Vermont Studio Center
Johnson, Vermont 1998
In 1998, I was awarded a Marshall Frankel Foundation Fellowship to attend the Vermont Studio Center (VSC) as an artist in residence. Over the years, the Foundation has supported a number of my colleagues in the Chicago art community for one-month stays at the program. It was my first professional residency, and it would have a profound influence on my work for a decade to come.
Founded by artists in 1984, the Vermont Studio Center is the largest international artist and writer residency program in the country. Each month, the Center hosts 50 residents who participate in 4 to 12-week independent studio projects; the 600 residents who visit annually represent a diverse and dynamic community of cultures, experience, ages and creative media.
Located in the northern Vermont mill village of Johnson, (population 3,450), the Vermont Studio Center resides in the heart of the Green Mountains, a beautiful and pastoral region in the northeastern part of the United States. The Center’s 30 historic buildings – serving as studios, housing, lecture and dining halls, a meditation house, yoga studio, library, gallery, studio store and gardens – are situated along the banks of the Gihon River, and are all within walking distance of one another.
When invited to attend the program, I was given a choice of months over the calendar year. I learned that, in addition to the broad, ongoing diversity of the studio community, several visiting artists attend the Center for a similar period of weeks or more, and interact as mentors to the residents. One painter in particular caught my attention, as I am a great admirer of his work and, at the time, we were both represented by Hill Gallery of Birmingham, Michigan.
John Walker (British, b. 1939) is an English painter and printmaker whose early pieces were inspired by Abstract Expressionism and Post-painterly Abstraction. One of the most accomplished painters of his generation, his work is never static. I find that he persistently keeps his own idiosyncratic voice in his process, evolving the compositions from once relatively flat and abstract planes, to later introducing nearly representational forms. Text and figuration seem to play a larger role in more recent projects, but always with some ambiguity; the “language” of his work retained as much in the material and mark-making, as it is with any hint of the objective. To me, the paint is as much a vehicle of what he holds in his mind and heart, as are the figures, writing, or historical references. John Walker is an artist of amazing power, experiment, and integrity.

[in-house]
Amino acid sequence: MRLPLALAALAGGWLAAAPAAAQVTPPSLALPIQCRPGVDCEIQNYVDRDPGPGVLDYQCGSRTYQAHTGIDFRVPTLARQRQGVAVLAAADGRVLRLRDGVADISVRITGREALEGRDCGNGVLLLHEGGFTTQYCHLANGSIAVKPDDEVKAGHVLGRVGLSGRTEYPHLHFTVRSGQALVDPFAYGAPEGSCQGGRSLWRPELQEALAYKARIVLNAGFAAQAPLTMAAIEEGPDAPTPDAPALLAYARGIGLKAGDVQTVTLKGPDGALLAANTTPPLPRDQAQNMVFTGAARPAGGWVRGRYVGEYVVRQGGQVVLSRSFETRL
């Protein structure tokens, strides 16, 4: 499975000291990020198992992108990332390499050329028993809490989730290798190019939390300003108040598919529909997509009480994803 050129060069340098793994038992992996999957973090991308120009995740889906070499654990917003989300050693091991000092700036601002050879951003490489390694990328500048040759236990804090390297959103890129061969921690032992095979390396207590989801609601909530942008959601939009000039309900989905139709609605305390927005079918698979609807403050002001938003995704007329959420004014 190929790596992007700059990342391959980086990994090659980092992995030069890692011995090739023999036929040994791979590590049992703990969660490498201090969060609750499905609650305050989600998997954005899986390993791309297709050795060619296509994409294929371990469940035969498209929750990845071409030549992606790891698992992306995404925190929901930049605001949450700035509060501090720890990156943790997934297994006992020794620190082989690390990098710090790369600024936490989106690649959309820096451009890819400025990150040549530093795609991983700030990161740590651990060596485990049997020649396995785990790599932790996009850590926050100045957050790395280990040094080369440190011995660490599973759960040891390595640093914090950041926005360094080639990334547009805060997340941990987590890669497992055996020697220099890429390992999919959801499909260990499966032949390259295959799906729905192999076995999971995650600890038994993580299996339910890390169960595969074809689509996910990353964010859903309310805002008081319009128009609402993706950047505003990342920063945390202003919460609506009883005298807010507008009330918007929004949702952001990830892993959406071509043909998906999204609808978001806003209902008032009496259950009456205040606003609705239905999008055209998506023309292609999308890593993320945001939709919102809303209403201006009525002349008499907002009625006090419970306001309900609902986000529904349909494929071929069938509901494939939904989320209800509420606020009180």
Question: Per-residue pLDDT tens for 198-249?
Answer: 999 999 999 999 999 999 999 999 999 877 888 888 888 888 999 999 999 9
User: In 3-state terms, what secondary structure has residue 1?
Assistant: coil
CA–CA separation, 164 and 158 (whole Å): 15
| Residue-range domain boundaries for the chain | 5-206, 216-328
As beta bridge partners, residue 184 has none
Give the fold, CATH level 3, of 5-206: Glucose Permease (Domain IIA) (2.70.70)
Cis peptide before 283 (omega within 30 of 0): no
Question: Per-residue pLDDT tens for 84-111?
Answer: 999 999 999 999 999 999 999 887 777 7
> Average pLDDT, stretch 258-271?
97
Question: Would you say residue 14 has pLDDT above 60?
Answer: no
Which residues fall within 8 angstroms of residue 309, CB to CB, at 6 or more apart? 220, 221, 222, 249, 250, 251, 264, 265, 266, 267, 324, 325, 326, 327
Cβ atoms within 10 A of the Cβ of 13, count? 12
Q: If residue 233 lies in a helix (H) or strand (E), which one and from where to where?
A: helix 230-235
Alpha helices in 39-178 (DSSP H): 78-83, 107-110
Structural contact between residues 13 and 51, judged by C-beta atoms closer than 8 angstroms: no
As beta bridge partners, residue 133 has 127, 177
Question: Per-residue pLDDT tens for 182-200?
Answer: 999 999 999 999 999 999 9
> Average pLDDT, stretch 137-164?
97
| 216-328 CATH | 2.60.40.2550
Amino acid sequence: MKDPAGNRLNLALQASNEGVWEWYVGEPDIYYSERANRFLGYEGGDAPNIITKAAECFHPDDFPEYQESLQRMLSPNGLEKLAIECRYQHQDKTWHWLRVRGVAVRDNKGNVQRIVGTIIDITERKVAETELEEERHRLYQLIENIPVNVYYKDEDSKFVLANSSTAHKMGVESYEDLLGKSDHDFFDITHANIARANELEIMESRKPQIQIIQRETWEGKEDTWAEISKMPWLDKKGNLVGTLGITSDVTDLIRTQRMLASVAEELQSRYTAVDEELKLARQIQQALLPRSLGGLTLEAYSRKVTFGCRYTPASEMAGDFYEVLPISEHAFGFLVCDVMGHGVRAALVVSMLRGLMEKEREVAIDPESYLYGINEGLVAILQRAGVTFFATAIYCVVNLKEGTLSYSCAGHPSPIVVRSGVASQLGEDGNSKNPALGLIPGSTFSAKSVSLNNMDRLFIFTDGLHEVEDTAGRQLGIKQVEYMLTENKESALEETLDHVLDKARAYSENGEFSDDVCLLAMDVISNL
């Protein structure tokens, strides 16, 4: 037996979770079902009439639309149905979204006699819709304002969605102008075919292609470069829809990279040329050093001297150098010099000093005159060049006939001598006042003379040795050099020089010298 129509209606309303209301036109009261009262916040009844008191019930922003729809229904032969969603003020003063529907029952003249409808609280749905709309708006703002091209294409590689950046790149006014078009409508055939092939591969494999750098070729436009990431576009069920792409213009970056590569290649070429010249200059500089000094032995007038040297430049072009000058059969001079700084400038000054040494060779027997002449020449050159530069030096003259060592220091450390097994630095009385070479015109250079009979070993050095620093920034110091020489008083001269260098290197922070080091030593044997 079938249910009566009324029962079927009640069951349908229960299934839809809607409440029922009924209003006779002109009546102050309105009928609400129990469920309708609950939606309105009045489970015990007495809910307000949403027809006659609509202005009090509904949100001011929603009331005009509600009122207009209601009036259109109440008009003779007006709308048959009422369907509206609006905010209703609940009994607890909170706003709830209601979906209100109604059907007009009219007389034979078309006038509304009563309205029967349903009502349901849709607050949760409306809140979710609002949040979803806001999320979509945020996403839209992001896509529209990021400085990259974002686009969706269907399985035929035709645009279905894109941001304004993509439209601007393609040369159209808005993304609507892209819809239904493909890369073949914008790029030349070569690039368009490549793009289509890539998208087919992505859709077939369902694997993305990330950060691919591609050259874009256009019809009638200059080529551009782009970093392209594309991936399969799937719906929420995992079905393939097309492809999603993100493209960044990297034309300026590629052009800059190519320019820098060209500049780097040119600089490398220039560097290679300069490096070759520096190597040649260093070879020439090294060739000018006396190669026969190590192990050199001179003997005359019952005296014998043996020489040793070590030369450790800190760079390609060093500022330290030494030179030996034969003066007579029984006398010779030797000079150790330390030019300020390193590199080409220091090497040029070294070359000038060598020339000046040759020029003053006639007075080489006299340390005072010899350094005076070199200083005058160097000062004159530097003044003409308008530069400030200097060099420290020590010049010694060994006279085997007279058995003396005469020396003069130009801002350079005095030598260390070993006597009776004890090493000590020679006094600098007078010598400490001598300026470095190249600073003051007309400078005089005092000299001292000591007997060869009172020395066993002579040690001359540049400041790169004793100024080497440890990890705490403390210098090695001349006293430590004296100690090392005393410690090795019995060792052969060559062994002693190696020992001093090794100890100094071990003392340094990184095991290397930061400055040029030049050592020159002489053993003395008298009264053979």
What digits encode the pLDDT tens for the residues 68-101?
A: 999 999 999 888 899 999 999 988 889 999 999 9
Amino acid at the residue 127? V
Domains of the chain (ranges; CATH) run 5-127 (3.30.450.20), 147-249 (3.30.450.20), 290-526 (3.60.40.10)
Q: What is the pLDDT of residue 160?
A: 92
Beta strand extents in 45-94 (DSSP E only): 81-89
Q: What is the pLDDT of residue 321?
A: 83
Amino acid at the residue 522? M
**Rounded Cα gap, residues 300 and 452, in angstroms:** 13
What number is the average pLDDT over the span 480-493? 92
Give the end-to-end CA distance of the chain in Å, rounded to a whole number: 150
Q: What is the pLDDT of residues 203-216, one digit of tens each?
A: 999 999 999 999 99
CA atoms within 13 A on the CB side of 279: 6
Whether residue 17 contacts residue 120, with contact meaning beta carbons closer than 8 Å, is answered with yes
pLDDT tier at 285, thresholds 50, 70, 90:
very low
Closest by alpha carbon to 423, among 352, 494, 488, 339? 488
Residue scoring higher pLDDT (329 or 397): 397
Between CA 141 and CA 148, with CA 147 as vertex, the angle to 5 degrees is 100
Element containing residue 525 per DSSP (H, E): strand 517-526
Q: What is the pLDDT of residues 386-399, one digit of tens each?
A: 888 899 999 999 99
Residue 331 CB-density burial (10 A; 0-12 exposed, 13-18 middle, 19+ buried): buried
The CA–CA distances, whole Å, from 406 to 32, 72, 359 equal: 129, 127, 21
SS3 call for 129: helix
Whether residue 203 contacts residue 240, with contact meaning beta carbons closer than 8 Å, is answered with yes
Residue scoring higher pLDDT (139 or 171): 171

Ironically, perhaps, at the time of my residency, John Walker had just finished a suite of prints pertaining specifically to World War I and, I believe, his father’s terrible experience in it. They were of a modest scale, but possessed all of the energy and attraction contained in his larger canvases. I had just gone through a grave personal crisis and I found the intimacy and vulnerability in his prints to be both compelling and assuring, somehow. We conducted numerous scheduled and more spontaneous visits to my studio, with conversations ranging from pure painting, to landscape, changing weather, and history. I was in a transition away from the medium that brought me recognition in the art world, and knowing John Walker gave me the confidence to try something new.
Before heading to the Vermont Studio Center in 1998, I opened an exhibition of new collage works in the project space of the David Beitzel Gallery, New York. It was the advent of an art-making process – continued and truly expanded in scope in Vermont – that would be the cornerstone of my work for the next 12 years. (See Work, mixed media/collage section.) Mary Antonakos, curator and then director of the University of Illinois ISpace, noticed the shift in my focus and offered me a solo exhibition of the very pieces I made while in residence. We produced a catalog, for which there are two fine essays by Julie Sasse and John Brunetti (See Press, catalog essay section), and traveled the show ultimately to seven institutions, one venue of which was in Munich, Germany.
The quality and international make-up of the Vermont Studio Center residents, plus the highly personal and inspiring interaction with one of its visiting artist/mentors, John Walker, seemed to be the right chemistry for an amazing period of experimentation and discovery for me: not to mention, the fall weather that beautiful November rapidly turned to wintry snow, and some colleagues and studio mates were to become lasting friendships.
The Mission of the Vermont Studio Center states:
To support artists and writers by providing studio residencies in an inclusive international community, honoring creative work as the communication of spirit through form.
Vermont Studio Center
80 Pearl St,
Johnson, VT 05656